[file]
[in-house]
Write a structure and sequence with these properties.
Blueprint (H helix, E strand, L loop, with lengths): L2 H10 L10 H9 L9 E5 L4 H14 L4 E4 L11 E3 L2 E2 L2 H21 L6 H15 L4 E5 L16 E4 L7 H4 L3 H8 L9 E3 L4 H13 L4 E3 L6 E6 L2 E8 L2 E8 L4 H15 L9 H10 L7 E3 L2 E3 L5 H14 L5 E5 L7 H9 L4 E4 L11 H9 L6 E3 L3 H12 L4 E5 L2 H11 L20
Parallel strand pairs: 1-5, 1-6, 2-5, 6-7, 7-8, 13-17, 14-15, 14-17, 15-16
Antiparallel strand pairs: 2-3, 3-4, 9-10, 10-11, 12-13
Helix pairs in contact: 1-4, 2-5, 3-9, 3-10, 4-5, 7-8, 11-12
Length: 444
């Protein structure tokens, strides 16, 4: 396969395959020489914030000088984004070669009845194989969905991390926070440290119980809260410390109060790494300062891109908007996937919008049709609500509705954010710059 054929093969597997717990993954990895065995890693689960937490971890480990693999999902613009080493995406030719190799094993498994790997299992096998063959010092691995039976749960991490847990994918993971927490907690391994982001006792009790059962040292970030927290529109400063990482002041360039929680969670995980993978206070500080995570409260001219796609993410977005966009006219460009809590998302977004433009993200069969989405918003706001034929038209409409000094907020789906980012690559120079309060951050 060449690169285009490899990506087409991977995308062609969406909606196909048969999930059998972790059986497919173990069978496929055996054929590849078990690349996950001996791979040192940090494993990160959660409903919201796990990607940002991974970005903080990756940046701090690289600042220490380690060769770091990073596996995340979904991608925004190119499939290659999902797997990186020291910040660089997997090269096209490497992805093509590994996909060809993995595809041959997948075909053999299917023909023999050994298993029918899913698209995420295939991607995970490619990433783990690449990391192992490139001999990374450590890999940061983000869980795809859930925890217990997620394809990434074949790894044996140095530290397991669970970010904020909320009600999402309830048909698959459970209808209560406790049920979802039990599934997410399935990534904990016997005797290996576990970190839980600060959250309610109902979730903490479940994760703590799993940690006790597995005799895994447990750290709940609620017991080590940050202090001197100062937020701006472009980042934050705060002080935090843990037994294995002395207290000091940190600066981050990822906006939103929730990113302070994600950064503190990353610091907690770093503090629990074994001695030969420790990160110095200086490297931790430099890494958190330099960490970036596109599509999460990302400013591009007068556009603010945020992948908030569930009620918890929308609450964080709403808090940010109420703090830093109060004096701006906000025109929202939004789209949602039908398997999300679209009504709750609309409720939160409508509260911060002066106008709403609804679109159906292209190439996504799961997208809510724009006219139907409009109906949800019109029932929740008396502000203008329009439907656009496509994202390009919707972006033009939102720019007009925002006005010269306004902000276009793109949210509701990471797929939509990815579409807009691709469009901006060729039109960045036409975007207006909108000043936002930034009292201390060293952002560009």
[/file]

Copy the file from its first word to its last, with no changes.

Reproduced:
[in-house]
Write a structure and sequence with these properties.
Blueprint (H helix, E strand, L loop, with lengths): L2 H10 L10 H9 L9 E5 L4 H14 L4 E4 L11 E3 L2 E2 L2 H21 L6 H15 L4 E5 L16 E4 L7 H4 L3 H8 L9 E3 L4 H13 L4 E3 L6 E6 L2 E8 L2 E8 L4 H15 L9 H10 L7 E3 L2 E3 L5 H14 L5 E5 L7 H9 L4 E4 L11 H9 L6 E3 L3 H12 L4 E5 L2 H11 L20
Parallel strand pairs: 1-5, 1-6, 2-5, 6-7, 7-8, 13-17, 14-15, 14-17, 15-16
Antiparallel strand pairs: 2-3, 3-4, 9-10, 10-11, 12-13
Helix pairs in contact: 1-4, 2-5, 3-9, 3-10, 4-5, 7-8, 11-12
Length: 444
């Protein structure tokens, strides 16, 4: 396969395959020489914030000088984004070669009845194989969905991390926070440290119980809260410390109060790494300062891109908007996937919008049709609500509705954010710059 054929093969597997717990993954990895065995890693689960937490971890480990693999999902613009080493995406030719190799094993498994790997299992096998063959010092691995039976749960991490847990994918993971927490907690391994982001006792009790059962040292970030927290529109400063990482002041360039929680969670995980993978206070500080995570409260001219796609993410977005966009006219460009809590998302977004433009993200069969989405918003706001034929038209409409000094907020789906980012690559120079309060951050 060449690169285009490899990506087409991977995308062609969406909606196909048969999930059998972790059986497919173990069978496929055996054929590849078990690349996950001996791979040192940090494993990160959660409903919201796990990607940002991974970005903080990756940046701090690289600042220490380690060769770091990073596996995340979904991608925004190119499939290659999902797997990186020291910040660089997997090269096209490497992805093509590994996909060809993995595809041959997948075909053999299917023909023999050994298993029918899913698209995420295939991607995970490619990433783990690449990391192992490139001999990374450590890999940061983000869980795809859930925890217990997620394809990434074949790894044996140095530290397991669970970010904020909320009600999402309830048909698959459970209808209560406790049920979802039990599934997410399935990534904990016997005797290996576990970190839980600060959250309610109902979730903490479940994760703590799993940690006790597995005799895994447990750290709940609620017991080590940050202090001197100062937020701006472009980042934050705060002080935090843990037994294995002395207290000091940190600066981050990822906006939103929730990113302070994600950064503190990353610091907690770093503090629990074994001695030969420790990160110095200086490297931790430099890494958190330099960490970036596109599509999460990302400013591009007068556009603010945020992948908030569930009620918890929308609450964080709403808090940010109420703090830093109060004096701006906000025109929202939004789209949602039908398997999300679209009504709750609309409720939160409508509260911060002066106008709403609804679109159906292209190439996504799961997208809510724009006219139907409009109906949800019109029932929740008396502000203008329009439907656009496509994202390009919707972006033009939102720019007009925002006005010269306004902000276009793109949210509701990471797929939509990815579409807009691709469009901006060729039109960045036409975007207006909108000043936002930034009292201390060293952002560009």